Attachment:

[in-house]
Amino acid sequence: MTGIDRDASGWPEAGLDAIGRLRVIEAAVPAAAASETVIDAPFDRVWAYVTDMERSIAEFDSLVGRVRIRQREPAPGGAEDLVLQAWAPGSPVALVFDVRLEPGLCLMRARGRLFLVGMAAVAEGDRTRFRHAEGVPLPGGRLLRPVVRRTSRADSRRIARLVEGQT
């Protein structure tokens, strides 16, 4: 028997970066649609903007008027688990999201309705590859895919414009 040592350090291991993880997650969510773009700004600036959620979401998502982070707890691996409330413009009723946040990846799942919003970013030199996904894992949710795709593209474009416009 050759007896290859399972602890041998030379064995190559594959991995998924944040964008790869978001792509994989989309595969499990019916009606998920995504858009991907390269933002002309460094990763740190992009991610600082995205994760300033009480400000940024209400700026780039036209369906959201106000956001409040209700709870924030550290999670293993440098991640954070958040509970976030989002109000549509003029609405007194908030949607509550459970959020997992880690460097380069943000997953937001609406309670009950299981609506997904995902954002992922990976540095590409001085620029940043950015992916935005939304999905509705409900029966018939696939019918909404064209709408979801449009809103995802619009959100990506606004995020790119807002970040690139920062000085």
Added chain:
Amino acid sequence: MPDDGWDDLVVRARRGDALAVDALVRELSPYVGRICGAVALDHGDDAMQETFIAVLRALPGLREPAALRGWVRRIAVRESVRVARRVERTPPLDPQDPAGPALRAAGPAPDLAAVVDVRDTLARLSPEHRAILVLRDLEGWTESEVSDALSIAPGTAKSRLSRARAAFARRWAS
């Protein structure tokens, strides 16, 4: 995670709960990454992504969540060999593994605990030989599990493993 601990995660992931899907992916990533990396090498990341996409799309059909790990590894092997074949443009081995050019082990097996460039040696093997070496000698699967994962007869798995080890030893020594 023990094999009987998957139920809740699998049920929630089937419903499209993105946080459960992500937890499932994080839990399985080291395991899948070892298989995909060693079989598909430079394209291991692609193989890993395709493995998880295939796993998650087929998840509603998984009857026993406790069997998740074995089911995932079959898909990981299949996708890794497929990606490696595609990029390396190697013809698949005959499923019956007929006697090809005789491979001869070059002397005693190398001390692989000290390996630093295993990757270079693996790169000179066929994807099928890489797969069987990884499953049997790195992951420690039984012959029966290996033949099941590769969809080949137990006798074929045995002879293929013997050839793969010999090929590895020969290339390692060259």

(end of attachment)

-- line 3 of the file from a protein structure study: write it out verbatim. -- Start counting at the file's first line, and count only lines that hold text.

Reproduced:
């Protein structure tokens, strides 16, 4: 028997970066649609903007008027688990999201309705590859895919414009 040592350090291991993880997650969510773009700004600036959620979401998502982070707890691996409330413009009723946040990846799942919003970013030199996904894992949710795709593209474009416009 050759007896290859399972602890041998030379064995190559594959991995998924944040964008790869978001792509994989989309595969499990019916009606998920995504858009991907390269933002002309460094990763740190992009991610600082995205994760300033009480400000940024209400700026780039036209369906959201106000956001409040209700709870924030550290999670293993440098991640954070958040509970976030989002109000549509003029609405007194908030949607509550459970959020997992880690460097380069943000997953937001609406309670009950299981609506997904995902954002992922990976540095590409001085620029940043950015992916935005939304999905509705409900029966018939696939019918909404064209709408979801449009809103995802619009959100990506606004995020790119807002970040690139920062000085």